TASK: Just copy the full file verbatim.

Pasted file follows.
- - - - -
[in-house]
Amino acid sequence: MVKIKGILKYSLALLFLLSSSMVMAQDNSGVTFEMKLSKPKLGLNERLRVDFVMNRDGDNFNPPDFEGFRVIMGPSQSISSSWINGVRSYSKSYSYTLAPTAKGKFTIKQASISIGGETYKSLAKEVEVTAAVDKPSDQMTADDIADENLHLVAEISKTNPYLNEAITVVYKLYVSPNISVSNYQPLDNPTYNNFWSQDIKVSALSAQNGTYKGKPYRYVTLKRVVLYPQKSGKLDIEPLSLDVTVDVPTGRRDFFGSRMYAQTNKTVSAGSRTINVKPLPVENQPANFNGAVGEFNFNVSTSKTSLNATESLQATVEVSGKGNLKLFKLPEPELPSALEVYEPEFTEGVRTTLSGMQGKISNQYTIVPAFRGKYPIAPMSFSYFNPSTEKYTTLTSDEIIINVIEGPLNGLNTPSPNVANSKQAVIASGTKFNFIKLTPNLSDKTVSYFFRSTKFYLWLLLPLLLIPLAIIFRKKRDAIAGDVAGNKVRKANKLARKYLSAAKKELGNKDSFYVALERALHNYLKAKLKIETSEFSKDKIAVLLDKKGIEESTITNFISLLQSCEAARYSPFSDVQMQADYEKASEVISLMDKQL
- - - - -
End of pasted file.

[in-house]
Amino acid sequence: MVKIKGILKYSLALLFLLSSSMVMAQDNSGVTFEMKLSKPKLGLNERLRVDFVMNRDGDNFNPPDFEGFRVIMGPSQSISSSWINGVRSYSKSYSYTLAPTAKGKFTIKQASISIGGETYKSLAKEVEVTAAVDKPSDQMTADDIADENLHLVAEISKTNPYLNEAITVVYKLYVSPNISVSNYQPLDNPTYNNFWSQDIKVSALSAQNGTYKGKPYRYVTLKRVVLYPQKSGKLDIEPLSLDVTVDVPTGRRDFFGSRMYAQTNKTVSAGSRTINVKPLPVENQPANFNGAVGEFNFNVSTSKTSLNATESLQATVEVSGKGNLKLFKLPEPELPSALEVYEPEFTEGVRTTLSGMQGKISNQYTIVPAFRGKYPIAPMSFSYFNPSTEKYTTLTSDEIIINVIEGPLNGLNTPSPNVANSKQAVIASGTKFNFIKLTPNLSDKTVSYFFRSTKFYLWLLLPLLLIPLAIIFRKKRDAIAGDVAGNKVRKANKLARKYLSAAKKELGNKDSFYVALERALHNYLKAKLKIETSEFSKDKIAVLLDKKGIEESTITNFISLLQSCEAARYSPFSDVQMQADYEKASEVISLMDKQL